10 Tips For Making Meal Prep & Batch Cooking Super Easy

So in my perfect world I would just go to the grocery store every day and see what inspires me for dinner. Unfortunately in the real world "ain't no body got time for that!". By trying to make at least a few freeze ahead dinners every Sunday you can avoid the dreaded what to make for dinner after work. I've heard of some mystical creatures that make a months worth of dinners but i've never managed that. Maybe one day! Here's what my typical batch cook day looks like:

1. Completely clean the entire kitchen and make sure the sink and dishwasher is empty. (Trust me don't skip this step).
2. I chop up and prep most of the recipes ingredients before. (Just store in the fridge what you won't be using for a while).
3. Organize the meals into two groups. Ones that are pre cooked (like a soup or casserole) and ones that are raw and will be cooked in a slowcooker.
4. Make the un cooked slow cooker meals first and add them to their ziplocs or containers and freeze.
5. Cook the rest of the meals by time and temp. It's a bonus if you can cook two things at once at the same temp.
6. Let everything cool then either add the fridge or freezer depending on recipe and when you'll be eating it.
7. Clean clean clean.

My top 10 Make-Ahead and Freezer Tips

  1. Get a good slow cooker that has 6-7 quart capacity, has a timer, and has a warming function for after the timer goes off.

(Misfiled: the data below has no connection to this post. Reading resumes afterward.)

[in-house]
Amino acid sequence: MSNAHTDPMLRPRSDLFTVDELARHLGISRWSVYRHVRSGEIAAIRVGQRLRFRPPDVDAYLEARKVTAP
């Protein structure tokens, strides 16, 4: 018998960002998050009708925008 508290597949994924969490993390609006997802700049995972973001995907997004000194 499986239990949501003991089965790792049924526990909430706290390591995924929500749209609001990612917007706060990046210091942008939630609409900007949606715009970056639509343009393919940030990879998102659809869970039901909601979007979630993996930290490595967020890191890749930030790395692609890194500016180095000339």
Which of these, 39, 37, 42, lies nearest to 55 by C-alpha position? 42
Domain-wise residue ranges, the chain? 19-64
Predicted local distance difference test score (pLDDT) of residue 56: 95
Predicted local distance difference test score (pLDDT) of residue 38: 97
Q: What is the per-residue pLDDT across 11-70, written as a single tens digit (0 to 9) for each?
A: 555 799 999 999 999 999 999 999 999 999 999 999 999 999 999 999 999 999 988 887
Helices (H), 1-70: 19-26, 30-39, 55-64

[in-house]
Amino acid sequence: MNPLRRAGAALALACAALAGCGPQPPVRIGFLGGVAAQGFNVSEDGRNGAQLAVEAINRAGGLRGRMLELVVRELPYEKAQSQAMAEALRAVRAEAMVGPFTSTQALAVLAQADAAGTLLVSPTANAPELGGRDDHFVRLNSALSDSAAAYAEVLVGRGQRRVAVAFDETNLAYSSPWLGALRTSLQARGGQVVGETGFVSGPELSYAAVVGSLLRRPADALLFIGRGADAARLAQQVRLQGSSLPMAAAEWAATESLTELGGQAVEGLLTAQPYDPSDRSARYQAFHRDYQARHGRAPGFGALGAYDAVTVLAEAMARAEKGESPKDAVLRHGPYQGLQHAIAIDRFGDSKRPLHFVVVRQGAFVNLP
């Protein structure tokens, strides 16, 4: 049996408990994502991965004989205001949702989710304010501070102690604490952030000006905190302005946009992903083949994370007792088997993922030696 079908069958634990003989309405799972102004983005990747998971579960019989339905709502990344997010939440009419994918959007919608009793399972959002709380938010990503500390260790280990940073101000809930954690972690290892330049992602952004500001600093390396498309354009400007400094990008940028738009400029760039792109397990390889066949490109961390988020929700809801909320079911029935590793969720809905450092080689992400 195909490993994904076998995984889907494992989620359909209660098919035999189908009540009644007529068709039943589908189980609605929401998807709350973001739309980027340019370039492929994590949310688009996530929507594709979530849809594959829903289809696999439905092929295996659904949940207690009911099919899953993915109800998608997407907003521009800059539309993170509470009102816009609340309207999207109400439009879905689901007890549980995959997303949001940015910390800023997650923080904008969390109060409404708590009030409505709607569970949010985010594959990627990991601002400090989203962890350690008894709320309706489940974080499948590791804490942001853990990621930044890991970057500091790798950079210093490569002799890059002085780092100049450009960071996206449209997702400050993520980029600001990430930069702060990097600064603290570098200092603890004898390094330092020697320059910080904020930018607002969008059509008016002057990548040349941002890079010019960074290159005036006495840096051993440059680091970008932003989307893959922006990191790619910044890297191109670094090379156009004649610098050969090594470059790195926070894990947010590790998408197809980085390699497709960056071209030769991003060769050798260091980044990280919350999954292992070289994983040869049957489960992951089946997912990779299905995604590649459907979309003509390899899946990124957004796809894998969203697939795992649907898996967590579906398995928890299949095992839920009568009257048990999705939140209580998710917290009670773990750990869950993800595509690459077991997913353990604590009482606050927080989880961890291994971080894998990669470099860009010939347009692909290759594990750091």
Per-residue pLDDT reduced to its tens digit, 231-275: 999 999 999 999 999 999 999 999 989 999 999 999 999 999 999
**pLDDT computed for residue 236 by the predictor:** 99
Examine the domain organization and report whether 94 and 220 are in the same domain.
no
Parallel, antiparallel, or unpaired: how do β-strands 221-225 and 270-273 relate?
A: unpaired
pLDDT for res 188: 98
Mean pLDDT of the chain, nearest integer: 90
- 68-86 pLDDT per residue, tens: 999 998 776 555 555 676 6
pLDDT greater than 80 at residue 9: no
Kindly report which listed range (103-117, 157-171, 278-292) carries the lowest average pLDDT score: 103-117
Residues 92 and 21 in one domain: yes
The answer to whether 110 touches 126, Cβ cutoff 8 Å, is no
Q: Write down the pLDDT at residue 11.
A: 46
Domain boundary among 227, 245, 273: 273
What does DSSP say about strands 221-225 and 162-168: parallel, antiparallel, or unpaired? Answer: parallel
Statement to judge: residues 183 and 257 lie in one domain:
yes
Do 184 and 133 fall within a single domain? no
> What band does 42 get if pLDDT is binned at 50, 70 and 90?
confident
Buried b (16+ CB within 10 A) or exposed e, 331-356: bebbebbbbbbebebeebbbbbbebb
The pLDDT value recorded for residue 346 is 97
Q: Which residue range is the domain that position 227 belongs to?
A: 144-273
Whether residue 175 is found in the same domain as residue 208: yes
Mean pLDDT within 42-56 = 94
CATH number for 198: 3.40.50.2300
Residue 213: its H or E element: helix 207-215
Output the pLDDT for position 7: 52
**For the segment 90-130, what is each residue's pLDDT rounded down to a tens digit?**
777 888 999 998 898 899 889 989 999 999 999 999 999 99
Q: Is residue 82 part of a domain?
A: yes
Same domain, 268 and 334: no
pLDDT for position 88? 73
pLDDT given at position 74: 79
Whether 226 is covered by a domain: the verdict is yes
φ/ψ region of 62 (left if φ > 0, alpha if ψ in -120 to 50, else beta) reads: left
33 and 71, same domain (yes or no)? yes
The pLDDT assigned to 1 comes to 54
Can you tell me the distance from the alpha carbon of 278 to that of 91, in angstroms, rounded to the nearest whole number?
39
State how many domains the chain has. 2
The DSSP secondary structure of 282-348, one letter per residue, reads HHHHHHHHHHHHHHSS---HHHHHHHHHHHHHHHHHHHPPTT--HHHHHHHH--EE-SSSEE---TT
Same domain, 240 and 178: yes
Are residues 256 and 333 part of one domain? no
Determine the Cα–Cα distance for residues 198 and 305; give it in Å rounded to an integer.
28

2. Stock up on glass containers, which are great because you can freeze and reheat in the same container (plus they don't leach our harmful chemicals from plastics!). Also stock up on ziploc bags.
  3. Chop frequently used ingredients ingredients like onions and garlic all at once, and just distribute amount needed to each recipe when the time comes. This will save on cleanup, and watery eyes!
  4. Use fresh, not previously frozen, meat in the dishes. Meat should never be thawed and then re-frozen.
  5. If the dishes are being cooked prior to freezing, cool to room temperature or until the steam has stopped, then cool completely in the refrigerator before freezing. This will avoid freezer burn or excess moisture in the dish when it is reheated.
  6. Choose recipes that freeze well. Casseroles, one-pot meals, soups, chili, and meatballs all stand up to the freezer well.
  7. Choose recipes that can easily be doubled or tripled.
  8. Label everything with the name of the dish, when it was prepared, and thawing/reheating instructions in case someone else is preparing dinner.
  9. Clean as you go. Everyone is different, and some may prefer to just tackle the massive sink of dishes at the end of the day, but that overwhelms me. If something is cooking on the stove, I try to jump in and clean up as much as possible while I wait. For things like measuring cups and spoons that I may need over and over again, I hand wash them as I go so I can use them as needed.
  10. Plan Ahead. Make a list of the meals you want to make, then make your grocery list. Shop one day, and cook the next so the day isn’t too full. Try to organize your list by the department the items can be found in the grocery store (i.e. produce, meats, dairy). If I need the same ingredient for multiple dishes, I write the different amounts needed on the same line in pencil then add it up at the end so I know how much total I need to buy. For instance, if I’m making 4 dishes that call for various amounts of ground beef, I’d write: Ground Beef: 1 pound, 1/2 pound, 3/4 pound and then purchase 2 1/4 pounds

Do you batch cook? What's your best tip I want to know!